Where We Belong follows the story of two women — Marian Caldwell, a 36-year-old TV producer in New York, and 18-year-old Kirby, a high school senior in St. Louis — who are bound by a secret. Emily says she knew early on that the book would be about belonging. Inspired by the power of secrets — when it's justified to keep them and how they change us — she chose to explore those themes through the secretive circumstances of an adoption. I had the opportunity to interview Emily about her new release, upcoming film projects, and her celebrity girl crush.
TrèsSugar: How did you come up with the title Where We Belong?
Emily Giffin: I had a few other titles that would've worked too, so I put them all out there to my friends on Facebook in a poll, and Where We Belong was the favorite. Another choice was Since You've Been Gone, and overwhelmingly, people thought it conjured the Kelly Clarkson song. It's so helpful to have instant feedback from 100,000 people!
TS: This is your first time coming out with a novel that has a teen as one of the main characters. What prompted you to do it?
EG: I've always been drawn to coming-of-age stories and books and movies featuring compelling young characters. My favorite movie of all time is Stand by Me, and I still reread my favorite young-adult books. In fact, the first novel I ever wrote (before Something Borrowed) was a young-adult book, but I was never able to get it published. So writing a young character is something I've wanted to try again for a long time now — and I'd love to do it again.
TS: Kirby was named after our PopSugar TV host, Kirbie! What struck you about her name, and how does it fit the character?
EG: Yes, I met Kirbie at a hair salon in LA during my book tour for Heart of the Matter. She was so cute and bubbly and really seemed like a "Kirbie." I remember telling her I loved her name and wanted to try to work it into a book. When I got home and became more focused on the writing of Where We Belong, I named my character Kirby. I almost changed it because she didn't really seem like a Kirby — but then I thought that contradiction really worked in the story, because Kirby is adopted and deep down, felt that she really didn't belong in her family. Her name was just another example of that disconnect. Bottom line, I love the name!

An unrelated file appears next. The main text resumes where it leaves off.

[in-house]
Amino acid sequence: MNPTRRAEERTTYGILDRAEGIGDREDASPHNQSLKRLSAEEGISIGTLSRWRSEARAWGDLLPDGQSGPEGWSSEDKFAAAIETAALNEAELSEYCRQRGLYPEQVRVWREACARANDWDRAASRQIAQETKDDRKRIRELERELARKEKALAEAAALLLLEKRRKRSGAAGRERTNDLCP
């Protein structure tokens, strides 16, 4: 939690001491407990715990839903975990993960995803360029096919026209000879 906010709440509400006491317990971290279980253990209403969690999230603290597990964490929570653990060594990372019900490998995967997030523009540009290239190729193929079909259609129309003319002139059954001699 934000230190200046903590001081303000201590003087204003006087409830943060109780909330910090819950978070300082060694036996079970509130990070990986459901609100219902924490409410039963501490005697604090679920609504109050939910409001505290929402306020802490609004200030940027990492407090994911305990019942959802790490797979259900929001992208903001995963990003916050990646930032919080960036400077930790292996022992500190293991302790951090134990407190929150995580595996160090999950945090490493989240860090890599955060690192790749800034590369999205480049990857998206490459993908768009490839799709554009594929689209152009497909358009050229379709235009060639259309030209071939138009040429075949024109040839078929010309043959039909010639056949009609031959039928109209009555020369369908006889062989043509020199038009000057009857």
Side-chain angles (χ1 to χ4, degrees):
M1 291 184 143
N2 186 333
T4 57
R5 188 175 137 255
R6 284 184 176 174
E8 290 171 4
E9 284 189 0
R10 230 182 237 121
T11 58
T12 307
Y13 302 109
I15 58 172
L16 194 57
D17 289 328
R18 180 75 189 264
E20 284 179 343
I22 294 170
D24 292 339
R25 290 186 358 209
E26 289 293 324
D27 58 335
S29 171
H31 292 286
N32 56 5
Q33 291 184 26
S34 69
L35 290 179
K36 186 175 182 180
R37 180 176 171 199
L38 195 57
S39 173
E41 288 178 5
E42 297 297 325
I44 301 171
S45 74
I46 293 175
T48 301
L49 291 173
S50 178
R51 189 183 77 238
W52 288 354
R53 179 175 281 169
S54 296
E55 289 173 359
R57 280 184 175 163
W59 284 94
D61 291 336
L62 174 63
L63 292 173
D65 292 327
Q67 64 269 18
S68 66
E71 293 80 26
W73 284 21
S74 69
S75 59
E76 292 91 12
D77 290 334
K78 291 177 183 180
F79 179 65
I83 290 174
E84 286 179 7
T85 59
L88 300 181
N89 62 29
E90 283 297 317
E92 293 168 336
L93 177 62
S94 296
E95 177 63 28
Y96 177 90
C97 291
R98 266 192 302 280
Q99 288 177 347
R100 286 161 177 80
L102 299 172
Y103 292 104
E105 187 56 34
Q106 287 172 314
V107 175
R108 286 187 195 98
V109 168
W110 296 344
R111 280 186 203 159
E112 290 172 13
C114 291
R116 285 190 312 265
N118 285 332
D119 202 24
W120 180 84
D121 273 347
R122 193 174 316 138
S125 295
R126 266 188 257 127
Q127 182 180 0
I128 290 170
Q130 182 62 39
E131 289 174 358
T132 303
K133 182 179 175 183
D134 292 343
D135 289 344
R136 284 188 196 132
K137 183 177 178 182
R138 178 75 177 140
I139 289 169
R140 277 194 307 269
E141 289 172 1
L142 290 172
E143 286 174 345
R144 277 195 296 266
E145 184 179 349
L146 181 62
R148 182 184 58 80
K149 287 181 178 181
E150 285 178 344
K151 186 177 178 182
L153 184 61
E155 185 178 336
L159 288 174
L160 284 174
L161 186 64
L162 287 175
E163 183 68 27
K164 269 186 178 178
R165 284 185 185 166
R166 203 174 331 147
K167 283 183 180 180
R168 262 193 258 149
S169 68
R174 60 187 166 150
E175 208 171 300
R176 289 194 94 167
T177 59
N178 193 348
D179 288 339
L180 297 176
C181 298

TS: If Where We Belong heads to the big screen, then who would you like to see cast?
EG: Funny you should ask that, because I just spoke to my film agent, and we're in talks with a wonderful producer now who would be amazing at bringing this story to the big screen in a smart and real way. I haven't yet thought about casting, though. For now, the characters are so vivid in my mind as the "real" people I created, rather than any actor or actress. I'm dying for everyone to read it, though, because I think my readers have always been better at casting than I!
TS: Speaking of the big screen, any updates on Something Blue or Love the One You're With?
EG: Both are looking good, as is Heart of the Matter. It's just such slow process. Getting a script, getting a director, raising the money. It's really hard for movies to get made these days.
TS: Fans know that you adore Jennifer Aniston! Has she ever inspired one of your characters? Which character do you think she'd get along with best?
EG: It would be a dream come true for Jen — I call her Jen so I can feel closer to her — to play a role in one of my movies. I adore her. I think she's a wonderful actress, and I so admire how she constantly hones herself to perfection. I actually felt better about turning 40 this year because of her! She's such a versatile actress that I think she could play a lot of my characters well: Claudia in Baby Proof, Marian in Where We Belong, Valerie in Heart of the Matter. In the casting process, I don't get too hung up on my own physical descriptions. I mean, Kate Hudson looks nothing like the Darcy I wrote about, but I thought she was brilliant in the movie.
Read on for the rest of our interview